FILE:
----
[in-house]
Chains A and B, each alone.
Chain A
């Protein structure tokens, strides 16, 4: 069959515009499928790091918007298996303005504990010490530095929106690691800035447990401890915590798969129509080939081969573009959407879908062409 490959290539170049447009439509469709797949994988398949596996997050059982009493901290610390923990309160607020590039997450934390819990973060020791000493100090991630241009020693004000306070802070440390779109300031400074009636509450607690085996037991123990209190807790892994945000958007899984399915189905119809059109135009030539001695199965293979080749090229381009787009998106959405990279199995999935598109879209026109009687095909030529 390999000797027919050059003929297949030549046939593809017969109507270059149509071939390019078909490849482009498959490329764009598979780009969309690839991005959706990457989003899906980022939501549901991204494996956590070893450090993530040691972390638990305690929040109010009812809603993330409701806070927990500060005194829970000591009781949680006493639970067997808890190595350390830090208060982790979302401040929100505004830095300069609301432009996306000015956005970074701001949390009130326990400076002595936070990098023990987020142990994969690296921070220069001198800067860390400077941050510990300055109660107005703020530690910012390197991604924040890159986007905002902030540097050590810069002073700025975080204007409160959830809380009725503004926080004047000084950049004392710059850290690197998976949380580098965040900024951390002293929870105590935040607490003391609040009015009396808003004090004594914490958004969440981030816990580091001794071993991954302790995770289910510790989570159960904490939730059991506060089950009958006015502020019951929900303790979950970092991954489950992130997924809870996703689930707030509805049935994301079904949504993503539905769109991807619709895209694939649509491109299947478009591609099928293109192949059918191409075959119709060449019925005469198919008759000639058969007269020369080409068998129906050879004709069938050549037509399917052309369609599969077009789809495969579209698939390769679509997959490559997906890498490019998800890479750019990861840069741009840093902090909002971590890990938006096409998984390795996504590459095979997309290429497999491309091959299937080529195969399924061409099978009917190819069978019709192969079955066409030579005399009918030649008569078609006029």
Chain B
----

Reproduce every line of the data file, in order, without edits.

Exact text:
[in-house]
Chains A and B, each alone.
Chain A
């Protein structure tokens, strides 16, 4: 069959515009499928790091918007298996303005504990010490530095929106690691800035447990401890915590798969129509080939081969573009959407879908062409 490959290539170049447009439509469709797949994988398949596996997050059982009493901290610390923990309160607020590039997450934390819990973060020791000493100090991630241009020693004000306070802070440390779109300031400074009636509450607690085996037991123990209190807790892994945000958007899984399915189905119809059109135009030539001695199965293979080749090229381009787009998106959405990279199995999935598109879209026109009687095909030529 390999000797027919050059003929297949030549046939593809017969109507270059149509071939390019078909490849482009498959490329764009598979780009969309690839991005959706990457989003899906980022939501549901991204494996956590070893450090993530040691972390638990305690929040109010009812809603993330409701806070927990500060005194829970000591009781949680006493639970067997808890190595350390830090208060982790979302401040929100505004830095300069609301432009996306000015956005970074701001949390009130326990400076002595936070990098023990987020142990994969690296921070220069001198800067860390400077941050510990300055109660107005703020530690910012390197991604924040890159986007905002902030540097050590810069002073700025975080204007409160959830809380009725503004926080004047000084950049004392710059850290690197998976949380580098965040900024951390002293929870105590935040607490003391609040009015009396808003004090004594914490958004969440981030816990580091001794071993991954302790995770289910510790989570159960904490939730059991506060089950009958006015502020019951929900303790979950970092991954489950992130997924809870996703689930707030509805049935994301079904949504993503539905769109991807619709895209694939649509491109299947478009591609099928293109192949059918191409075959119709060449019925005469198919008759000639058969007269020369080409068998129906050879004709069938050549037509399917052309369609599969077009789809495969579209698939390769679509997959490559997906890498490019998800890479750019990861840069741009840093902090909002971590890990938006096409998984390795996504590459095979997309290429497999491309091959299937080529195969399924061409099978009917190819069978019709192969079955066409030579005399009918030649008569078609006029």
Chain B